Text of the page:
How to Brew the Perfect Bay Leaf Tea (with VIDEO)

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Cup of Bay Leaf Tea with leaves on the side

What is Bay Leaf? Laurus nobilis is the scientific classification of the laurel tree, an evergreen tree known for its thick, smooth leaves that produce a unique, intense aroma. Although the laurel tree is the specific variety found in historical Asia Minor, the pimenta racemosa is the West Indian variety known as the bay leaf tree.

The leaves from this tree have been used in traditional medicine, natural pesticides, cologne making, cooking and are also believed to have some magical powers of protection from the spiritual realm. The leaves are steeped to make tea to help various medical issues from insomnia, migraine, digestive and menstrual issues. Placing a few leaves in the kitchen cupboards, the pantry, and sacks of flour can help keep away roaches and weevils.

Unfortunately, the intense aroma and natural essential oils are toxic to consume. Still, they are excellent when making Bay Rum, a local cologne used to refresh and cool the body in humid Caribbean climates.

When making soups or stews, throwing in a bay leaf adds a unique flavor with woody black pepper, mint, and cinnamon notes.

The mythical tales of Ancient Greece regard laurel trees as sacred. In Asia, they are connected to the moon's phases, and in the Caribbean, they protect against Maljoe or evil spirits.

With all of this in mind, please take a moment to enjoy our Bay Leaf Tea recipe as you reflect on how incredible something so simple could be so impressive. 

If you are a tea lover, you'll also love our Cinnamon Tea recipe.

What does bay leaf tea do for you?

Bay leaves contain several vitamins, including vitamins A, B6, and C. This group of vitamins can support the immune system. Furthermore, bay leaves can also alleviate an upset stomach, and since bay leaf tea is super aromatic, it can ease a stuffy nose or alleviate sinus pressure. 

How long do you boil bay leaves?

Since we are making bay leaf tea, the bay leaves only need to be boiled for 3 minutes. If the bay leaves are boiled any longer, they could develop an overly bitter flavor. 

Does bay leaf raise blood pressure?

Bay leaves do not raise blood pressure. Because bay leaves have a wide range of nutrients, including iron, potassium, and antioxidants, which play a role in heart health and can ultimately decrease blood pressure.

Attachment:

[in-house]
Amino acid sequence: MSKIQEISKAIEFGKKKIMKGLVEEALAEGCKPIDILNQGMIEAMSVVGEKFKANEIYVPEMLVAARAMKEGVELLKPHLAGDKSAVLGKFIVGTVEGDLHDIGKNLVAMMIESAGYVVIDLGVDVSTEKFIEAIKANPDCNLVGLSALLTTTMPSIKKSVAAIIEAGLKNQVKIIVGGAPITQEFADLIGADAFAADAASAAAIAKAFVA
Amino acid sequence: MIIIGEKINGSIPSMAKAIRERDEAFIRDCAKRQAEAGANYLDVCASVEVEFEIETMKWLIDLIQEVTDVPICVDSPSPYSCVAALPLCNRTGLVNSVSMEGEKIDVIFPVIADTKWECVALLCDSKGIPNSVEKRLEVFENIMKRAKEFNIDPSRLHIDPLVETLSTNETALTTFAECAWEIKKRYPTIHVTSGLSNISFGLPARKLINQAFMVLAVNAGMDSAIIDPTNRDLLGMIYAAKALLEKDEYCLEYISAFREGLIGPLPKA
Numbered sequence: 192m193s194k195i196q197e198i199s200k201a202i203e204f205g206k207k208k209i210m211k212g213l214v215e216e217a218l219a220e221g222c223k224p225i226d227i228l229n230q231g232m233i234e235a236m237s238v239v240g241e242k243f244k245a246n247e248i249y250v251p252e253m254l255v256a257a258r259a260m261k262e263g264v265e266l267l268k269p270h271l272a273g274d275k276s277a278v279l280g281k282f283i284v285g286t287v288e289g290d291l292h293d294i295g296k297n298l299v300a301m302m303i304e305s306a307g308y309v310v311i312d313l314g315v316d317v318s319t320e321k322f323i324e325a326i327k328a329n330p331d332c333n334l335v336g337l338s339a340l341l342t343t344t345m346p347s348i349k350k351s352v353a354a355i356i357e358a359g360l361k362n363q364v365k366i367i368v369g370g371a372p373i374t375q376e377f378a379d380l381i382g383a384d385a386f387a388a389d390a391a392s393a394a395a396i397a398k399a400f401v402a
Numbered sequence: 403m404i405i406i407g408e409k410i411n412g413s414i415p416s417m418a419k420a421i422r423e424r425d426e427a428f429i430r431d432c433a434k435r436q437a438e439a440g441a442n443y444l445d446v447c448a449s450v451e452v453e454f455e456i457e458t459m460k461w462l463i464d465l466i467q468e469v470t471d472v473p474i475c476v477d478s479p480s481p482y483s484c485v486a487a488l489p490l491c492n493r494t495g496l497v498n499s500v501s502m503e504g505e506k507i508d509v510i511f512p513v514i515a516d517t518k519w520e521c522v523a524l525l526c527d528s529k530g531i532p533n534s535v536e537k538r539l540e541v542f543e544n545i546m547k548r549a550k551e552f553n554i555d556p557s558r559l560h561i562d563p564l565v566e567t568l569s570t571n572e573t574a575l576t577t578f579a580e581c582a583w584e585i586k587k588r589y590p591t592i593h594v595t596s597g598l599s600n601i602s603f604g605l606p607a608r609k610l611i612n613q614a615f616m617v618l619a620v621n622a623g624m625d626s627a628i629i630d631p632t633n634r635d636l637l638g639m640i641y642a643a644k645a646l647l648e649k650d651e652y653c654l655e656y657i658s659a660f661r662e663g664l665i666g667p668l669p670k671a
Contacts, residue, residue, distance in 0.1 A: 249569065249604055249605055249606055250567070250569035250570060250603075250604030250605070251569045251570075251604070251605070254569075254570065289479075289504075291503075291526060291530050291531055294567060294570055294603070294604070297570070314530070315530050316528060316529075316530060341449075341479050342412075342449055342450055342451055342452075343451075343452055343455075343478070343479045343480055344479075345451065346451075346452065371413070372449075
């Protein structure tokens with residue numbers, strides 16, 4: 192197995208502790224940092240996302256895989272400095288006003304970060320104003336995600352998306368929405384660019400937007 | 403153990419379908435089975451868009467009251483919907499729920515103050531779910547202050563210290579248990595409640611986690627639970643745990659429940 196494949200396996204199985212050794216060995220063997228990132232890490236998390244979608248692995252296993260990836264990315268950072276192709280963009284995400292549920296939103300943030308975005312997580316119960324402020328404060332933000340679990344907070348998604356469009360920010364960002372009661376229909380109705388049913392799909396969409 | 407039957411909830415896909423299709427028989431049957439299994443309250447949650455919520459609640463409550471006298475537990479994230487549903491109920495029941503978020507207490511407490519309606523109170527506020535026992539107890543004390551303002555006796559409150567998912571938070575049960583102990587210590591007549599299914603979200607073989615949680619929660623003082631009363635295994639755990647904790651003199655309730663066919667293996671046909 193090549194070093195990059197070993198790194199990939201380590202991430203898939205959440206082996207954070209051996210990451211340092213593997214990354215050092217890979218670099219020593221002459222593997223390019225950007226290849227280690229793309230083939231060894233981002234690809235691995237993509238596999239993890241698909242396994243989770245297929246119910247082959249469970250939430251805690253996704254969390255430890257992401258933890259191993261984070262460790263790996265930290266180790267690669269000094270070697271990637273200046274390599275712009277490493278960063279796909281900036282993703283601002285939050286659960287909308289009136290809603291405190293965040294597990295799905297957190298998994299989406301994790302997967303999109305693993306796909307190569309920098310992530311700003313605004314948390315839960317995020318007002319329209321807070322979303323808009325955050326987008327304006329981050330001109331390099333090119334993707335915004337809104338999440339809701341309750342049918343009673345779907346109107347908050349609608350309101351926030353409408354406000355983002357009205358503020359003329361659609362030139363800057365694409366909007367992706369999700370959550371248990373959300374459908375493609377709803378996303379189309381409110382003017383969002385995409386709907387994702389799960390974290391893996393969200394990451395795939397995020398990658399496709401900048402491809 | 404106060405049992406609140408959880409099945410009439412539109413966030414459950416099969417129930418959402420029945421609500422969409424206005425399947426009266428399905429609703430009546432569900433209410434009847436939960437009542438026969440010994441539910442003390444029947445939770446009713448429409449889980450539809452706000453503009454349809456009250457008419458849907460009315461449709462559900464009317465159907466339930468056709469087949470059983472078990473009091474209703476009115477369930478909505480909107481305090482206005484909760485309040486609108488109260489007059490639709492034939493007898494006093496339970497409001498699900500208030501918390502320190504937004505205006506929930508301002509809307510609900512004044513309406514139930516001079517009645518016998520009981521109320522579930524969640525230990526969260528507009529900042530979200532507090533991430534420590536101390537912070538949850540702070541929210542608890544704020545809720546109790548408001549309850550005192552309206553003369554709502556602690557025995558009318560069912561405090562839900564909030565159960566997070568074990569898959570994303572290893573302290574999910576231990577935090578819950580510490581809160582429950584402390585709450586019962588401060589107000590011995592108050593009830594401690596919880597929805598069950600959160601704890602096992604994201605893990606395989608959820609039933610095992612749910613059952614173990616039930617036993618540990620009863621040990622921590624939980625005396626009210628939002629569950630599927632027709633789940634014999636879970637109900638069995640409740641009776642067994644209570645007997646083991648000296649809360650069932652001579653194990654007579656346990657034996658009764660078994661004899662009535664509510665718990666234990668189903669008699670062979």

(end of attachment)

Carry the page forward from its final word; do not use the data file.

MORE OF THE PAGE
Are fresh bay leaves better than dried?

In some cases, fresh bay leaves are best; in other cases, dried bay leaves are best.

For example, if too many fresh bay leaves are used, it can overpower the tea or dish. In addition to this, if you do not remove the bay leaves from the food early enough, they could overpower the food.

In contrast, a significant amount of bay leaf flavor is lost when the leaves are dried. Therefore, dried bay leaves are left in the food or drink longer and removed before it is served.

All in all, whether fresh bay leaves are better than dried ones depends on your preference.

How many bay leaves should I use for a cup of tea?

Typically, one to two dried bay leaves or a couple of fresh leaves are suitable for a single cup of bay leaf tea. Adjust based on your taste preference and leaf size.

Can I mix bay leaves with other herbs or teas?

Yes, bay leaves can complement other herbs or teas. Experiment with combinations like mint, chamomile, or ginger for added flavor complexity.

Are there any health benefits associated with drinking bay leaf tea?

Bay leaf tea is believed to have antioxidants and compounds that may aid digestion, reduce inflammation, and support overall health. However, consult a healthcare professional for personalized advice.

Where can I buy high-quality bay leaves for tea?

High-quality bay leaves can be found in spice shops, gourmet food stores, or online from reputable sellers. Look for organic or naturally sourced leaves for the best quality.

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Time & Serves

Prep Time
1 mins
Cook Time
15 mins
Total Time
16 mins
4 persons


  • 4 Bay Leaves (dry or fresh)

  • 32 oz Water

  • Honey Or Sugar to taste

Optional Ingredients
  • Ginger

  • Soursop Leaves

  • Lemongrass

  • Mint Leaves

  • Cassia Spice Bark


In a small pot, bring 32 ounces of water to a boil.

Arial of a pot of water on a gas stove

Add the bay leaves to the water and boil for 3 minutes. If desired, at this point, you can add any or all of the optional ingredients.

Arial of a pot of water with bay leaves and ginger inside

Remove from the heat, cover, and allow to steep for at least 5 minutes. The longer it soaks, the more profound the flavor.

Pot on a cutting board  with a lid on it

Remove the ingredients with a strainer or slotted spoon and re-warm the tea if necessary.

Pot with a slotted spoon removing the bay leaves and ginger

Serve warm in a teacup or coffee mug and sweeten with sugar or honey to taste.

Sideview of a cup filled with bay leaf tea with honey being drizzled into the cup
Rachael Ottier Hart

Join Rachael on a global culinary journey. With a passion for travel and diverse cuisines, she crafts recipes that weave flavors, scents, and stories into each dish, igniting your wanderlust with every bite.

More posts by Rachael Ottier Hart

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herbal tea, immune boost, natural remedy, tea recipe, holistic health, wellness drink, bay leaf benefits, digestive aid, aromatic tea, traditional medicine, Bwadenn Tea, Fèy lorye, bay tree, sweet bay, true laurel, Grecian laurel, bay leaves, bay laurel, indian bay leaf, weight loss

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Rachael Ottier Hart

Join Rachael on a global culinary journey. With a passion for travel and diverse cuisines, she crafts recipes that weave flavors, scents, and stories into each dish, igniting your wanderlust with every bite.

More posts by Rachael Ottier Hart